Food & Drink Magazine

Cooking Around the World

By Travelersmind
Anything that combines food and travel definitely gets my vote. So when I heard about the new Bravo show, "Around the World in 80 Plates," I knew I had to check it out.
The concept is pretty simple. Twelve chefs travel around the world, putting their cooking skills to the test in various competitions. Each episode takes place in a different city where the chefs learn the local cuisine, customs and cultures. In the first two episodes, the chefs have been split into two teams and have to race through the city completing tasks that will educate them on local fare. Whoever wins the competition gets to use the "secret ingredient" at the ultimate challenge, where the teams take over a restaurant's kitchen, recreate the delicacies they tasted earlier and have the residents of the city judge their personal interpretations of the dishes.At the end of the competition, the diners pick which team they like best. The losing team then has to pick one of its chefs to go home.
In the first episode, the chefs were in London. They went on a pub crawl where they tasted steak and kidney pie, blood pudding, and fish and chips--and of course drank lots of great British beer. The winning team won the right to use potatoes in their dishes, which is pretty much a staple in all British dishes, while the other team was not allowed to use that ingredient. It was certainly interesting to see what they used to substitute for potatoes, and all the dishes they created looked amazing. I personally love traditional British pub food, so I could appreciate everything they made.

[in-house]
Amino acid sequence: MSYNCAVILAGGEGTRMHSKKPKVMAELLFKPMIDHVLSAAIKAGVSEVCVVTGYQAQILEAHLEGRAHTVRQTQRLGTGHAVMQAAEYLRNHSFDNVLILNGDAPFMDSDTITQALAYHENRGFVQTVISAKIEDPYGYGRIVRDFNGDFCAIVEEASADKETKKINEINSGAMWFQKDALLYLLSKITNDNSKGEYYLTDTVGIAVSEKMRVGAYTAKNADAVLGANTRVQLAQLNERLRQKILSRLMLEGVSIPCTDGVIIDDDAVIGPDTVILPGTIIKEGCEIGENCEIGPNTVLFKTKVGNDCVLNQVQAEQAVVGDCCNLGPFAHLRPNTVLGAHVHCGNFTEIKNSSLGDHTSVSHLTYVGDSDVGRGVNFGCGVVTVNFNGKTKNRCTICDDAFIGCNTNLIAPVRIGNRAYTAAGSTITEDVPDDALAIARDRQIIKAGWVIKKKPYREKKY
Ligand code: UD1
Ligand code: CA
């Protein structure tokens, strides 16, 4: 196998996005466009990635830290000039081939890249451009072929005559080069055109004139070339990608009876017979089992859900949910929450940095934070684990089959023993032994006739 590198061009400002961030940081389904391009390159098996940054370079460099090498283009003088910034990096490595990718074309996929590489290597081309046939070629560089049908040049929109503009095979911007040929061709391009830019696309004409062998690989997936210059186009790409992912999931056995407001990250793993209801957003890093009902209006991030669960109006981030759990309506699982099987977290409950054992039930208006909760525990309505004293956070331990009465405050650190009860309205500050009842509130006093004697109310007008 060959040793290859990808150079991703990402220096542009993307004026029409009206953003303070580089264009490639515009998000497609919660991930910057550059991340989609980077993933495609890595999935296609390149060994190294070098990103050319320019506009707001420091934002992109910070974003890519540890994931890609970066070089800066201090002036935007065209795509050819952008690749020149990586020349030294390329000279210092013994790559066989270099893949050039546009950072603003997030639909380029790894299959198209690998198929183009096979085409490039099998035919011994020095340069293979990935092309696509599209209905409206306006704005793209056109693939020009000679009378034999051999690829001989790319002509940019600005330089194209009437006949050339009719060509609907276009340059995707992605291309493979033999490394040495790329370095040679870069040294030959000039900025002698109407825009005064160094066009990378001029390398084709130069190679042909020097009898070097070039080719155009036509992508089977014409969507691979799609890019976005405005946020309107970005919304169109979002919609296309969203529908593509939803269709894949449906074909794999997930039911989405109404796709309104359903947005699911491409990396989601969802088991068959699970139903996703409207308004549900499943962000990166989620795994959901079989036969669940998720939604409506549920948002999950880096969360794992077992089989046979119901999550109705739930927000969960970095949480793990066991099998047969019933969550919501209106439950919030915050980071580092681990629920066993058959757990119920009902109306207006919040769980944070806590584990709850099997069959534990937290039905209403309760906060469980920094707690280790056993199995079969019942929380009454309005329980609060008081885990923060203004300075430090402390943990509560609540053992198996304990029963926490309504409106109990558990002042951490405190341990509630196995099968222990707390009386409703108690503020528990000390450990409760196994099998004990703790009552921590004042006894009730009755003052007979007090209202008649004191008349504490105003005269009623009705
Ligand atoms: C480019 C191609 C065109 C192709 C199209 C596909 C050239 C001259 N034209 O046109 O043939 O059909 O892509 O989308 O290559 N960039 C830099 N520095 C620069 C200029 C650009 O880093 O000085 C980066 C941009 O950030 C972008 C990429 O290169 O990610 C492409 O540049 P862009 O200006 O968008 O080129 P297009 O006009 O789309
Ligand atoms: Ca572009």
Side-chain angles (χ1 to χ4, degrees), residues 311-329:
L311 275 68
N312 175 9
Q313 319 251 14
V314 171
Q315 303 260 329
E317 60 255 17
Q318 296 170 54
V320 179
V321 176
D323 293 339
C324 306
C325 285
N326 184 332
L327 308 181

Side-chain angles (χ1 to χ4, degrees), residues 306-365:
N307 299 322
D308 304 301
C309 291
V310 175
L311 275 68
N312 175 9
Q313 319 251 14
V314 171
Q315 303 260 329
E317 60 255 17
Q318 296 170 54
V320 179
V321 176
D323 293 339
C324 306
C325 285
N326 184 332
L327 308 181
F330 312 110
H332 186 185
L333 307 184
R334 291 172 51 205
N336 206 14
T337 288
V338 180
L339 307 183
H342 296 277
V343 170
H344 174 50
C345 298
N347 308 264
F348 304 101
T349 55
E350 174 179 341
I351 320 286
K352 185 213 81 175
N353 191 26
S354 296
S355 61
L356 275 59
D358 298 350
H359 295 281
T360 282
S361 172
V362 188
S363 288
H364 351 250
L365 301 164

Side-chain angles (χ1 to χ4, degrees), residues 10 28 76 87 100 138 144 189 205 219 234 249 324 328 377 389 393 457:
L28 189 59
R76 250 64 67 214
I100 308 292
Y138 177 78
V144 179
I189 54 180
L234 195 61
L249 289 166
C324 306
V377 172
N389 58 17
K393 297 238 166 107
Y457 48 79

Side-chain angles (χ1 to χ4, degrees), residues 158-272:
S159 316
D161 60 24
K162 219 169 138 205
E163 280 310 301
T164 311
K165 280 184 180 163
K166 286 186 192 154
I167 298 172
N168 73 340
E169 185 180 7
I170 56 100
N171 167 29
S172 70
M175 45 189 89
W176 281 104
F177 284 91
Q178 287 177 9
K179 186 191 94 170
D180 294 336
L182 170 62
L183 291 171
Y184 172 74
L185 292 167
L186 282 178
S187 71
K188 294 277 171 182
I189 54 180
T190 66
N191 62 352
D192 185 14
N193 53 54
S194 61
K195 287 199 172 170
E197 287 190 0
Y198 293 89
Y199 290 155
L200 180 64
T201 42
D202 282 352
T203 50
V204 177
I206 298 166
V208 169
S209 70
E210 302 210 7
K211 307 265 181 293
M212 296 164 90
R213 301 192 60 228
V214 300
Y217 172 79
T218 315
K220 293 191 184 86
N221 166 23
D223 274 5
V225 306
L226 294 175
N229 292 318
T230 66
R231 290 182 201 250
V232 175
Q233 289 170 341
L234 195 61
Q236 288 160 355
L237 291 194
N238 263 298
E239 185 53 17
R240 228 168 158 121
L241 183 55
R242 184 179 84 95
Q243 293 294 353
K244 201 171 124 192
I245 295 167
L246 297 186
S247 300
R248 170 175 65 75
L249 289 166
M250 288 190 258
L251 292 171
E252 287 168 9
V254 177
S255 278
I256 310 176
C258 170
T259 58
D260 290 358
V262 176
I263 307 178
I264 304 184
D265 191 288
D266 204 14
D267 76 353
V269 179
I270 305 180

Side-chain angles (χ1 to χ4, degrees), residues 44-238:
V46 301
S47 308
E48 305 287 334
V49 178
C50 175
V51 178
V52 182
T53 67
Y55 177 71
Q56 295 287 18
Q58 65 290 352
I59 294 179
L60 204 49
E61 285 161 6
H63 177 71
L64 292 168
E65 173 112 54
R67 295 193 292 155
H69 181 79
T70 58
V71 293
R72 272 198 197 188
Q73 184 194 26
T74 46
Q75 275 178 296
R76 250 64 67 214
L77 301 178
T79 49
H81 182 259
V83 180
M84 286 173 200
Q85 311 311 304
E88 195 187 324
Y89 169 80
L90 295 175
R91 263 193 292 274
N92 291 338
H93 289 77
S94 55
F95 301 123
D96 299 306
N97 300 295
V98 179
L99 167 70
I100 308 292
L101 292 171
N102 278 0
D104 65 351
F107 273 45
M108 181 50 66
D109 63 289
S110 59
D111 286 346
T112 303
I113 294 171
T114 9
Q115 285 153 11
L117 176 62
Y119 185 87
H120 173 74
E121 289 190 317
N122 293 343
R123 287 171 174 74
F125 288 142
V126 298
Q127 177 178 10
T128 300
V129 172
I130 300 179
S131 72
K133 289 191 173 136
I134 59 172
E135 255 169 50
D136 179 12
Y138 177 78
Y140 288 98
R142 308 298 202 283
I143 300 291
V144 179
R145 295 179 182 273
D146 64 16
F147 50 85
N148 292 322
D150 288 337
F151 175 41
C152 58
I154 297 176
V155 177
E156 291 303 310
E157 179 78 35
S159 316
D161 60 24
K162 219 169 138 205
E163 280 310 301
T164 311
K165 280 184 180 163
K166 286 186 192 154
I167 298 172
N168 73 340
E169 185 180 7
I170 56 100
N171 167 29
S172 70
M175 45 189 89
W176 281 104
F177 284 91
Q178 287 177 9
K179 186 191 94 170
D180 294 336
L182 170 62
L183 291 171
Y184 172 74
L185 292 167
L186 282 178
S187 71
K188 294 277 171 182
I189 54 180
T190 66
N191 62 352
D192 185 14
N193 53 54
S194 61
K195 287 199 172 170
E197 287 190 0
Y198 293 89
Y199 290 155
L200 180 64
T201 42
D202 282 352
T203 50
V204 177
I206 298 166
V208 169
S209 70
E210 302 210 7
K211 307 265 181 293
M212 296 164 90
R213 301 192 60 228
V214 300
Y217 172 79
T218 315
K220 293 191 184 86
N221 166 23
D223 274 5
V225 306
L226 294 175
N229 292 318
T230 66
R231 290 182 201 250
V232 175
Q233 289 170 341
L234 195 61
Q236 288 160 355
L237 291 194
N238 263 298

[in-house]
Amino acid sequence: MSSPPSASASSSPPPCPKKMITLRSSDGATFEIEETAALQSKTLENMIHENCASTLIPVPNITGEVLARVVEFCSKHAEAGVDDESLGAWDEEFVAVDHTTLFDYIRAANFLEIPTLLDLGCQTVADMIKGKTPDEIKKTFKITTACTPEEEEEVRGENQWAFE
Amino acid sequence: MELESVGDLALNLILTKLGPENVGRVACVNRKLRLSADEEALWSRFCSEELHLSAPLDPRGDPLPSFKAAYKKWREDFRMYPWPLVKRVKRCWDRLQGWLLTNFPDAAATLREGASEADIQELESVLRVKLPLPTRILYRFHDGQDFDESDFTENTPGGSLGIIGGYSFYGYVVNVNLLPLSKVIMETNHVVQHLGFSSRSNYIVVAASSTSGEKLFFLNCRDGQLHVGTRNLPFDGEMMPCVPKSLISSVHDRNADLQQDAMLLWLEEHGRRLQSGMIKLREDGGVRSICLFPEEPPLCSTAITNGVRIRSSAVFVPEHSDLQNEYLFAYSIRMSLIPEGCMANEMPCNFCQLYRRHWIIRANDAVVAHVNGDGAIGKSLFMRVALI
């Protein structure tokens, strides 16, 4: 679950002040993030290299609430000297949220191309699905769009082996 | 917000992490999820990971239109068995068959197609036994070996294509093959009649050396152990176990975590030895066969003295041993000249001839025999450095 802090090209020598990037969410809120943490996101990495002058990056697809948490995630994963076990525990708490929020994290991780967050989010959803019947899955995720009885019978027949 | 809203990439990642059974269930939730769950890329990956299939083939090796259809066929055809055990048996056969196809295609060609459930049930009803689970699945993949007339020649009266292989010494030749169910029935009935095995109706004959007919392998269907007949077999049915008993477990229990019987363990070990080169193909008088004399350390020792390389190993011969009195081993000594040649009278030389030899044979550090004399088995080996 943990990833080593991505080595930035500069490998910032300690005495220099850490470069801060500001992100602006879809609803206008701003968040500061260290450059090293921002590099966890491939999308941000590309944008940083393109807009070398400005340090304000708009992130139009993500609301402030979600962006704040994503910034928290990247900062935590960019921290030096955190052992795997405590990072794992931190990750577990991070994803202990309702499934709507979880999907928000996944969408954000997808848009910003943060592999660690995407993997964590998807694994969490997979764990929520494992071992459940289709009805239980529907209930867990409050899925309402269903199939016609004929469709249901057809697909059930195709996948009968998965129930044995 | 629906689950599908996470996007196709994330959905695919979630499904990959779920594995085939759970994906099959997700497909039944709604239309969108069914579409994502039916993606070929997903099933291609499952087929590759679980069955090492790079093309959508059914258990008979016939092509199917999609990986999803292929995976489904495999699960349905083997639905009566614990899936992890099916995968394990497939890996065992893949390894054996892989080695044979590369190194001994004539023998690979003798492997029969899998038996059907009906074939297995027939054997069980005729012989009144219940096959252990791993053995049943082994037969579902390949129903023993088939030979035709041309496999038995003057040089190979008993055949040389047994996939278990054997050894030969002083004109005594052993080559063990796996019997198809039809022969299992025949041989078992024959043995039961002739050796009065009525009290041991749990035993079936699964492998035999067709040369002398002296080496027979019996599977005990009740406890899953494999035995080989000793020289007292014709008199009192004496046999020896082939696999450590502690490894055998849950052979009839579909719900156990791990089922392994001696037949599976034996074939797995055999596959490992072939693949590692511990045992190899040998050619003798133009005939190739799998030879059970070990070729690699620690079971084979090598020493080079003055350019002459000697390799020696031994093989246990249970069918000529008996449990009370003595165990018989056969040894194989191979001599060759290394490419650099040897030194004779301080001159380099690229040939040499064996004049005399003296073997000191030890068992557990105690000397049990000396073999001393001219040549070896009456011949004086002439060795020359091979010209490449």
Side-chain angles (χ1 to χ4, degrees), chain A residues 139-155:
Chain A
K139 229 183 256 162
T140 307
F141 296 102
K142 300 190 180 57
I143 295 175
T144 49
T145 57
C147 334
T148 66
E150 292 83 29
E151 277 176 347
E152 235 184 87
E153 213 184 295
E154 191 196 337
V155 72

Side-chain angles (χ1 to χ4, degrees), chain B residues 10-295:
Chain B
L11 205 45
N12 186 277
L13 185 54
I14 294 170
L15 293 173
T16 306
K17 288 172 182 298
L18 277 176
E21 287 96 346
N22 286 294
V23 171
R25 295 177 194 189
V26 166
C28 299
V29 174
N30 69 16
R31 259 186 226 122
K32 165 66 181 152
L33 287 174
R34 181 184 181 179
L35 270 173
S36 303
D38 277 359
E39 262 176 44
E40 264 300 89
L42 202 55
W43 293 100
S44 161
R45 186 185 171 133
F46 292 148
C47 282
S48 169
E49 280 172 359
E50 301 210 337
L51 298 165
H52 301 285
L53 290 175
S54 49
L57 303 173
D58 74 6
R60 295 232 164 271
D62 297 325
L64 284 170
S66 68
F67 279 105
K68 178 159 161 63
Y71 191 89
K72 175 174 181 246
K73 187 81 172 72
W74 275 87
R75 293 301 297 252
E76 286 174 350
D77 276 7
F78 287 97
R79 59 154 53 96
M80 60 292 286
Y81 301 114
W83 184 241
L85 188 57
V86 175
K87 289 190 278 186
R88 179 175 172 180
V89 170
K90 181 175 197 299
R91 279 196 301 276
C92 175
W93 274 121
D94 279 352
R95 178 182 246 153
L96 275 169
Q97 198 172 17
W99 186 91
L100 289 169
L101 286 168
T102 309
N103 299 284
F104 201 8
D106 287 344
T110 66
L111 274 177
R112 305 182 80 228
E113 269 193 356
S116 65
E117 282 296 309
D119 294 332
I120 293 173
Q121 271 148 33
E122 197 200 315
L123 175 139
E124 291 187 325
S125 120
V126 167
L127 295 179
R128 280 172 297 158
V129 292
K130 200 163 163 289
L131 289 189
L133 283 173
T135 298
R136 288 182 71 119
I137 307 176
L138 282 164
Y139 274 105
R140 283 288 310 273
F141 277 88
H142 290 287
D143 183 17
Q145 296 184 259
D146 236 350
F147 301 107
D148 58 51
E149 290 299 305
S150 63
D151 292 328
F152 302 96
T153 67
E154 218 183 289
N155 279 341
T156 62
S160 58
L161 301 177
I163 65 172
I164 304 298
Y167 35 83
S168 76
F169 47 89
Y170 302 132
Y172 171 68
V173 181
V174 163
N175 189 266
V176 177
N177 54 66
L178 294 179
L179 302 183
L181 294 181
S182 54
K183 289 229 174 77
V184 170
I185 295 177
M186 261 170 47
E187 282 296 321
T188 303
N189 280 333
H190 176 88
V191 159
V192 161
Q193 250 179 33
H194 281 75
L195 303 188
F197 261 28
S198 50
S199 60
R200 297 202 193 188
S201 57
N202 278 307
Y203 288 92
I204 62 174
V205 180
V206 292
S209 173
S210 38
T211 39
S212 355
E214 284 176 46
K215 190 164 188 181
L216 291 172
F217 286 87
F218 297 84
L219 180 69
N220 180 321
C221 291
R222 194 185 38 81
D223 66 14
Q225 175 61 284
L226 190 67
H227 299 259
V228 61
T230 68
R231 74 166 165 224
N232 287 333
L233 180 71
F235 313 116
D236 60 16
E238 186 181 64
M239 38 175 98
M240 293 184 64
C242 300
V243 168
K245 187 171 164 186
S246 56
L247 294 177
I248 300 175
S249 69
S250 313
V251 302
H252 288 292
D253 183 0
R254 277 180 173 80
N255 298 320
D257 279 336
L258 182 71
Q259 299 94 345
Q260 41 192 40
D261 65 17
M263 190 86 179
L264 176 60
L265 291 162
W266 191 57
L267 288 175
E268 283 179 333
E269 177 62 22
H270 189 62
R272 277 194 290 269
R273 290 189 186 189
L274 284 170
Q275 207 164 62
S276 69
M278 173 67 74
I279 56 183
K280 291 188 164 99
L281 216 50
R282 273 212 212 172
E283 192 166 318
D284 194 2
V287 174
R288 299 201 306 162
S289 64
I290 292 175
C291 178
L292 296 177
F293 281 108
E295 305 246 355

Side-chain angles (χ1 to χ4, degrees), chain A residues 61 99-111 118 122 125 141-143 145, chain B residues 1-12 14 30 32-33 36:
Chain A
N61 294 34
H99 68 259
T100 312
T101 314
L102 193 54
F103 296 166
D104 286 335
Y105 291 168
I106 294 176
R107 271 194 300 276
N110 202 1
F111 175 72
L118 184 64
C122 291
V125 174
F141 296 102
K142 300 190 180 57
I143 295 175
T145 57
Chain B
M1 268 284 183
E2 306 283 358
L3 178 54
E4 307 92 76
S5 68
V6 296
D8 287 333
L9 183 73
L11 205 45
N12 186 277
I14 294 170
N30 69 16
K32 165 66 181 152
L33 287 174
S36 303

The second episode takes place in Lyon, France. The teams race through the Beaujolais countryside, where they face some interesting sheep challenges. In the first task, they have to identify the six cheeses that are made from sheep milk, and there are at least 20 cheeses on the table. That's a lot of cheese, but I would certainly be ok with that challenge, because I love cheese, especially French varieties. Later, they had to taste eight different kinds of wine and pair them with the foods that were infused in the bottles. The winning team was taught how to make a famous regional dish, pike quenelle with nantua sauce, from a master chef in Lyon, while the other team had to fend for themselves on how to make the signature dish. It seems like a simple meal, but its actually kind of complicated. Once again, it was interesting to see how the teams executed the dishes. It really made me want to try all these French delicacies, and I certainly plan on visiting Lyon the next time I go to France.
The next city is Barcelona, Spain, a place I've actually been. I really hope they have to make tapas, because the city is known for its simple, shareable dishes. I'm curious to see what happens. 
I am definitely enjoying the series, though I do prefer Top Chef when it comes to cooking shows. So, I recommend the show for anyone who really appreciates international cuisine and world travel.

Back to Featured Articles on Logo Paperblog